Students

In addition to serving as a teaching assistant for several classes at the University of Illinois, I have also been a research mentor to several great undergraduate students:

Christopher Petranek

chrisChris was member of the Cameron lab from 2013 to 2015. Together studied wing morphometrics in Bombus ephippiatus to see if differences in wing morphometry correlate with the distinct lineages within the group. For his undergraduate research project, Chris explored how wing morphometry changes across altitudinal gradients. I also took Chris with me to Mexico in July 2014 to meet our great collaborators at ECOSUR in Chiapas and to give him a taste of field work in the mountains of Mexico. He’s now a graduate student with Michael Dillon at the University of Wyoming studying bumble bee physiology.







Tanya Josek

tanyaTanya worked in the Cameron lab in the Spring and Summer of 2012. She learned PCR techniques and how to troubleshoot PCR reactions. She also worked with me on the PCR detection of the microsporidian gut pathogen Nosema bombi in museum specimens of bumble bees. She’s now a graduate student with Marianne Alleyne at the University of Illinois and you can read about her research here.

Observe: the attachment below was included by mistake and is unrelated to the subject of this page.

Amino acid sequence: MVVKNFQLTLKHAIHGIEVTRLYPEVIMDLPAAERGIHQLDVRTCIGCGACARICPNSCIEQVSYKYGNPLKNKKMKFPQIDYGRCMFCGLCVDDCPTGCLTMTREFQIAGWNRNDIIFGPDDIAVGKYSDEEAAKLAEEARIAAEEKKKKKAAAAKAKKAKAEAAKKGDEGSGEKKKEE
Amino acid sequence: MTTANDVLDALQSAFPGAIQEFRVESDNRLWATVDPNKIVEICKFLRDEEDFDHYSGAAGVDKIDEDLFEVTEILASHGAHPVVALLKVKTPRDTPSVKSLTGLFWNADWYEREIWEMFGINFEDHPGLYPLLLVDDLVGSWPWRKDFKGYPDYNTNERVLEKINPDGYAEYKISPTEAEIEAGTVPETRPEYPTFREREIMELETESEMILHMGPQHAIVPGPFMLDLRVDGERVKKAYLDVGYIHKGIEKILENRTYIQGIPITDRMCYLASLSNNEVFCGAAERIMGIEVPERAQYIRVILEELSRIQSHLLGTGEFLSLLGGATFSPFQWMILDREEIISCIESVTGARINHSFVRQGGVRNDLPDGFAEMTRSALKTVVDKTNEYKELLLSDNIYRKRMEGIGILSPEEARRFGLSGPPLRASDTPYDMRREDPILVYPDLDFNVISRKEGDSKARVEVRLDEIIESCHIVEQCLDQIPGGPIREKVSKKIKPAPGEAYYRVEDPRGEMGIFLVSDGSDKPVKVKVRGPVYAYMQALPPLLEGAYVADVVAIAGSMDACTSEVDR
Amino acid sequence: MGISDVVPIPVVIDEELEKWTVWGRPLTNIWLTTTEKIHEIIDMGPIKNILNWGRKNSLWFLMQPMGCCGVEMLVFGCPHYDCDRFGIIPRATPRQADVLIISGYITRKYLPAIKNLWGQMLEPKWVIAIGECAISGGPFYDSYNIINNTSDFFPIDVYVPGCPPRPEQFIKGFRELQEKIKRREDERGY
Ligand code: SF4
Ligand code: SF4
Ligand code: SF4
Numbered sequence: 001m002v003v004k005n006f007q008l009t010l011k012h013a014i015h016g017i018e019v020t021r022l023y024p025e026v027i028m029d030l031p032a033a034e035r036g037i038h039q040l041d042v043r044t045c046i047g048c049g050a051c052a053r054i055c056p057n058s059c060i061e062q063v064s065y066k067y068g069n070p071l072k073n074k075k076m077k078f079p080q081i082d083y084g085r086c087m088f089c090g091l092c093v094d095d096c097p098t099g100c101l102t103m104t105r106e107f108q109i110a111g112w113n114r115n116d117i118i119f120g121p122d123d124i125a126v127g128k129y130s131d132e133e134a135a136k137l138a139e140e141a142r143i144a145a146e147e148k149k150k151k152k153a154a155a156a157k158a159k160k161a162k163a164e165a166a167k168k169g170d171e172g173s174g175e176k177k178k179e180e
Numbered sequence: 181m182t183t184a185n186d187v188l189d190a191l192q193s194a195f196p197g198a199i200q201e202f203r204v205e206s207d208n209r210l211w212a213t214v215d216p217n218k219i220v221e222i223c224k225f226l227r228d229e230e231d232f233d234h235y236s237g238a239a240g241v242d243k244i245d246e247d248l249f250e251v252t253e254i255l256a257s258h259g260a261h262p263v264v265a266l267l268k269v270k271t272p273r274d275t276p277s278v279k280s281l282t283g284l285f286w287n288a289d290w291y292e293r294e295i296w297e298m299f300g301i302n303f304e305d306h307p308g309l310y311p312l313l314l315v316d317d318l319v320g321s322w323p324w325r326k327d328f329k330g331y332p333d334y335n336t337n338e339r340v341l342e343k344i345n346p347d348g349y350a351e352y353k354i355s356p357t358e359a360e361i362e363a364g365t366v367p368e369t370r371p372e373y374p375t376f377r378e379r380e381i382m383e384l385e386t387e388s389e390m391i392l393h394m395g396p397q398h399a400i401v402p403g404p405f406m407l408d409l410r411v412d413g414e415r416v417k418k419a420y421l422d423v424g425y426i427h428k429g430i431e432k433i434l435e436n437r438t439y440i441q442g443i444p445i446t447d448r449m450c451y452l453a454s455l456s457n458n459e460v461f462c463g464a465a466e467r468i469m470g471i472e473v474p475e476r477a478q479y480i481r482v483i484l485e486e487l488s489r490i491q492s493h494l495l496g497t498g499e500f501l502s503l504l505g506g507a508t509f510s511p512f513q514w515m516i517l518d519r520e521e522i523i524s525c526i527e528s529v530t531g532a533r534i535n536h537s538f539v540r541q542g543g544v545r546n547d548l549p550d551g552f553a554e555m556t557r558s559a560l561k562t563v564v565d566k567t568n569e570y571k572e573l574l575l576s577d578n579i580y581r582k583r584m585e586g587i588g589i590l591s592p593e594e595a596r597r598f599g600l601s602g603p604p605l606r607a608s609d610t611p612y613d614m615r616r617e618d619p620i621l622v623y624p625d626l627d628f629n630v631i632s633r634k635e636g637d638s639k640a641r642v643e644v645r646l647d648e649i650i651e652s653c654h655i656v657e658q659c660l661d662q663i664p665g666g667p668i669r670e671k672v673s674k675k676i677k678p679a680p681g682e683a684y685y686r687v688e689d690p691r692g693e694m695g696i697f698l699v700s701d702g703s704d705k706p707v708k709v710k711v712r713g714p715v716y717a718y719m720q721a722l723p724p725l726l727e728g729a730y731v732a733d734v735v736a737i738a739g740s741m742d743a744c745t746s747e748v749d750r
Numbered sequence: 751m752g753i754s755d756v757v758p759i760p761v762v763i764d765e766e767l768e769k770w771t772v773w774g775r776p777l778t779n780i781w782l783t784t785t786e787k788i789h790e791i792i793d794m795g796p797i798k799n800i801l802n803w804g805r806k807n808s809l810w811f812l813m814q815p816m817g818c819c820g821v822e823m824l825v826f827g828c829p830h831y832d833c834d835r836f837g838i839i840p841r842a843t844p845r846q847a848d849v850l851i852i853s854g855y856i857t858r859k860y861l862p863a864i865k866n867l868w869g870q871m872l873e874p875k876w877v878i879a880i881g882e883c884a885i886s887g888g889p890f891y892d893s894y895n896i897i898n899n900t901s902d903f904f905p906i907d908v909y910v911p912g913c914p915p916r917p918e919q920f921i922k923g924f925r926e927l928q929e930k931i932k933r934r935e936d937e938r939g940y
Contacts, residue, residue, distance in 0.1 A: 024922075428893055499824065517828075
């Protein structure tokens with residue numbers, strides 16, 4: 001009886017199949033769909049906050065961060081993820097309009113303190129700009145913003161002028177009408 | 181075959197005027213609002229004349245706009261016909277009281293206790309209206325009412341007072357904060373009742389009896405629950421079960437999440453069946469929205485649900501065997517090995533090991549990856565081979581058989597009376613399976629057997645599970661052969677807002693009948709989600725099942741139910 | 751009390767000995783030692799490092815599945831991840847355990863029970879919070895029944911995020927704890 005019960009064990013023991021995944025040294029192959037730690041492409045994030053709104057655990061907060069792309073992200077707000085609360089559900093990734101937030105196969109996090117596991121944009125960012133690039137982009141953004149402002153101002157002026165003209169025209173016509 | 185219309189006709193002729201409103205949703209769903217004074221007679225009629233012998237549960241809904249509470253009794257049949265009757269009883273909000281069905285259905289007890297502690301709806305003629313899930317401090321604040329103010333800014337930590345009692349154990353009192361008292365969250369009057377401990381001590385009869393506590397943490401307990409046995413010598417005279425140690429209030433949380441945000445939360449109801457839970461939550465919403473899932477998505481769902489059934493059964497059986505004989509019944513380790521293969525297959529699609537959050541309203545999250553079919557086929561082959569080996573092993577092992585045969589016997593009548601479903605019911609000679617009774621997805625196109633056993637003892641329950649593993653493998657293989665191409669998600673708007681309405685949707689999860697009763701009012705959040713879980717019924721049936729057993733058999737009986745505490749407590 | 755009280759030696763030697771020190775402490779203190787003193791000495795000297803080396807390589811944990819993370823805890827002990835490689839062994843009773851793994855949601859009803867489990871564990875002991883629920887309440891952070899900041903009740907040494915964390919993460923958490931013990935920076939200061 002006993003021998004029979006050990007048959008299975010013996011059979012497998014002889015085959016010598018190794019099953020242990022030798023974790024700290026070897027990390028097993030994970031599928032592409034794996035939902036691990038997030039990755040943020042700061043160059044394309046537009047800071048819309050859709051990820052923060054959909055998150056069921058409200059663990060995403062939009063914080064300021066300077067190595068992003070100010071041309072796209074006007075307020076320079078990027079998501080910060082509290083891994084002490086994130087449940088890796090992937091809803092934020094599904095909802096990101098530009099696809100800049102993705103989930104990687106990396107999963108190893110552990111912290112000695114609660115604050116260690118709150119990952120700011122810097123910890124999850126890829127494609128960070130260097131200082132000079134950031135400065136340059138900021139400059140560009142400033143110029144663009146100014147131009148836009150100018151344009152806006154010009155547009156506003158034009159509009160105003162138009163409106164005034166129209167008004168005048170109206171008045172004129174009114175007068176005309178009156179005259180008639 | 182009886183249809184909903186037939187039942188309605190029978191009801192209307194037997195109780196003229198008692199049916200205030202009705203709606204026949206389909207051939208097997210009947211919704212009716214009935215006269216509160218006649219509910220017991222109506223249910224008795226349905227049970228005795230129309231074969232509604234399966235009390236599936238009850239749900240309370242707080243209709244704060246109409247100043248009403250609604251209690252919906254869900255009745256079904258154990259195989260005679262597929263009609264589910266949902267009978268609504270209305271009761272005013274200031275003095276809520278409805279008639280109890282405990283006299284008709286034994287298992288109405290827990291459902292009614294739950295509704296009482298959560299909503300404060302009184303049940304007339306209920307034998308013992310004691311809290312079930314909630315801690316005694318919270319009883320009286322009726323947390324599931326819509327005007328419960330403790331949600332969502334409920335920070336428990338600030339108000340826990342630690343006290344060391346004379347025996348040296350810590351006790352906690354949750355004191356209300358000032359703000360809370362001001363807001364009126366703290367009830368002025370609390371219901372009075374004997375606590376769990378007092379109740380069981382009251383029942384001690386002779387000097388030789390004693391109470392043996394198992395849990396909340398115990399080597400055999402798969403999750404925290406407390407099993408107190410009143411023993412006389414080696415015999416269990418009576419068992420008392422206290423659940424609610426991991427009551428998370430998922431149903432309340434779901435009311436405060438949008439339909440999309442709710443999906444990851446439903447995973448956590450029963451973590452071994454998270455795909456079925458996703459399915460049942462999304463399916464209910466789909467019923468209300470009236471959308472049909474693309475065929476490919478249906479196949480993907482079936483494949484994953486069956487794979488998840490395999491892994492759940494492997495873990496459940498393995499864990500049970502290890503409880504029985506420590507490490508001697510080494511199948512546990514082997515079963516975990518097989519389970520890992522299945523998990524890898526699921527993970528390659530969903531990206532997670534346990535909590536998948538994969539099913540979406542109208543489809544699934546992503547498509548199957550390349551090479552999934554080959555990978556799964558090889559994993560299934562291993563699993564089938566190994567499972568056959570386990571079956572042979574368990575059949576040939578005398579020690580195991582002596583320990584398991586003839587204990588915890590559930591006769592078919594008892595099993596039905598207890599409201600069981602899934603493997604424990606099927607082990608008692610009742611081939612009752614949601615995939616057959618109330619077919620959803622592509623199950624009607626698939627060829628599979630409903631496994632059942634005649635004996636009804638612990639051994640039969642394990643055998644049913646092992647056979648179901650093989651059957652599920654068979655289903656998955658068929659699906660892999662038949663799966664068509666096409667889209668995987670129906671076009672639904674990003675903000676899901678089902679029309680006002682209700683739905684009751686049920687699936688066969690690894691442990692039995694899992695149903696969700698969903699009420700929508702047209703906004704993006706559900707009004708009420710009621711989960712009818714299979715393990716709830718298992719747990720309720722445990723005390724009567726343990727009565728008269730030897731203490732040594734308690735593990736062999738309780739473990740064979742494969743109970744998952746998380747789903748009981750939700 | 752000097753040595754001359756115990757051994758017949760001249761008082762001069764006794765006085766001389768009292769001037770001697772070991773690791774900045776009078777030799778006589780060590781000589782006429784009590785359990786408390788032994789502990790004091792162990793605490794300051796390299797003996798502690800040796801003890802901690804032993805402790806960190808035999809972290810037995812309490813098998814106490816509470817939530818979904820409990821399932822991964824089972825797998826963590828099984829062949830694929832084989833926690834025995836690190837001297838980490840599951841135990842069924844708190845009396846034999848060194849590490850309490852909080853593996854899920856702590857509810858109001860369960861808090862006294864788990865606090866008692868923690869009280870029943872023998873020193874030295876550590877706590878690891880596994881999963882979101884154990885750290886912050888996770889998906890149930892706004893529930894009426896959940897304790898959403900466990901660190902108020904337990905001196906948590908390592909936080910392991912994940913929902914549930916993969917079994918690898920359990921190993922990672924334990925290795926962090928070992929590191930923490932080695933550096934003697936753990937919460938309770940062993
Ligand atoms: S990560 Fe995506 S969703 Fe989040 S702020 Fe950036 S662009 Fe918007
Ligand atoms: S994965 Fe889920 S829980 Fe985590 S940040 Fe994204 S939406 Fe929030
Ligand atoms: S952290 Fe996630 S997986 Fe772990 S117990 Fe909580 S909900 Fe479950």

Jacob Kacmar, Kelly Mehan and Brett Nelson

jacob     kelly     brett

Jacob, Kelly, and Brett were freshman students in the Cameron lab doing research for their IB 199 Introduction to Research class in the Fall of 2012. These three learned the basics of bumble bee identification, DNA extraction, PCR, DNA sequencing, and phylogenetic methods while trying to find the phylogenetic placement of a recently re-discovered species, B. cockerelli, and a recently extinct species, B. cullumanus, within the context of the Bombus phylogeny.


Sylvia Nunez and Rebecca Trapp

sylvia     becca

Sylvia and Rebecca were freshman students in the Cameron lab doing research for their  IB199 Introduction to Research class in the Spring of 2012. While they learned the basics of PCR, DNA sequencing , phylogenetic methods, and the use of wing morphometrics for species delimitation, together we collected some interesting molecular data for B. ephippiatus and B. wilmattae from Chiapas, Mexico (I got them to think bumble bees are pretty cool, too).